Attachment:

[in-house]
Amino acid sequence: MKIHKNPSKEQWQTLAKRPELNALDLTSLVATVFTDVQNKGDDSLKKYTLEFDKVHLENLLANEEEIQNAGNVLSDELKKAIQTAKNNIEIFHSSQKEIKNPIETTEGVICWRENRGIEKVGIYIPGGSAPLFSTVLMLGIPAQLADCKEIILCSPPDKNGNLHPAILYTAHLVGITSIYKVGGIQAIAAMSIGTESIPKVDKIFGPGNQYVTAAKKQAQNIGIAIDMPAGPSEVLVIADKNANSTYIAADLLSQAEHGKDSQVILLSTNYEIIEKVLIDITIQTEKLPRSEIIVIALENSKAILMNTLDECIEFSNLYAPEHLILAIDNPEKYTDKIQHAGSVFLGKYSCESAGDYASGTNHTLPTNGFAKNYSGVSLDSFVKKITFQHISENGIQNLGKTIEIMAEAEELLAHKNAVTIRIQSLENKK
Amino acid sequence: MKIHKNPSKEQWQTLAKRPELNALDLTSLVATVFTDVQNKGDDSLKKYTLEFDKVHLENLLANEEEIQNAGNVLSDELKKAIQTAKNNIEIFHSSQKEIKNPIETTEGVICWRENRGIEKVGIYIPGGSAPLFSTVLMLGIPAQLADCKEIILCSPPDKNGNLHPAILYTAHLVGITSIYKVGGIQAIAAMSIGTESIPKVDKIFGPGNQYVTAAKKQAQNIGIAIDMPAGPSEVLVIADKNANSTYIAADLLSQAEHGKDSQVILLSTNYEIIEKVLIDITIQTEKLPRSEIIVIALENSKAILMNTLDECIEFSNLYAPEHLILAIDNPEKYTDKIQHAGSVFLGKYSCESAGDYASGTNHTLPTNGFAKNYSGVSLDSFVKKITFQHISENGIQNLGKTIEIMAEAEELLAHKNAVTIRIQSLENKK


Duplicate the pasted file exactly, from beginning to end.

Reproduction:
[in-house]
Amino acid sequence: MKIHKNPSKEQWQTLAKRPELNALDLTSLVATVFTDVQNKGDDSLKKYTLEFDKVHLENLLANEEEIQNAGNVLSDELKKAIQTAKNNIEIFHSSQKEIKNPIETTEGVICWRENRGIEKVGIYIPGGSAPLFSTVLMLGIPAQLADCKEIILCSPPDKNGNLHPAILYTAHLVGITSIYKVGGIQAIAAMSIGTESIPKVDKIFGPGNQYVTAAKKQAQNIGIAIDMPAGPSEVLVIADKNANSTYIAADLLSQAEHGKDSQVILLSTNYEIIEKVLIDITIQTEKLPRSEIIVIALENSKAILMNTLDECIEFSNLYAPEHLILAIDNPEKYTDKIQHAGSVFLGKYSCESAGDYASGTNHTLPTNGFAKNYSGVSLDSFVKKITFQHISENGIQNLGKTIEIMAEAEELLAHKNAVTIRIQSLENKK
Amino acid sequence: MKIHKNPSKEQWQTLAKRPELNALDLTSLVATVFTDVQNKGDDSLKKYTLEFDKVHLENLLANEEEIQNAGNVLSDELKKAIQTAKNNIEIFHSSQKEIKNPIETTEGVICWRENRGIEKVGIYIPGGSAPLFSTVLMLGIPAQLADCKEIILCSPPDKNGNLHPAILYTAHLVGITSIYKVGGIQAIAAMSIGTESIPKVDKIFGPGNQYVTAAKKQAQNIGIAIDMPAGPSEVLVIADKNANSTYIAADLLSQAEHGKDSQVILLSTNYEIIEKVLIDITIQTEKLPRSEIIVIALENSKAILMNTLDECIEFSNLYAPEHLILAIDNPEKYTDKIQHAGSVFLGKYSCESAGDYASGTNHTLPTNGFAKNYSGVSLDSFVKKITFQHISENGIQNLGKTIEIMAEAEELLAHKNAVTIRIQSLENKK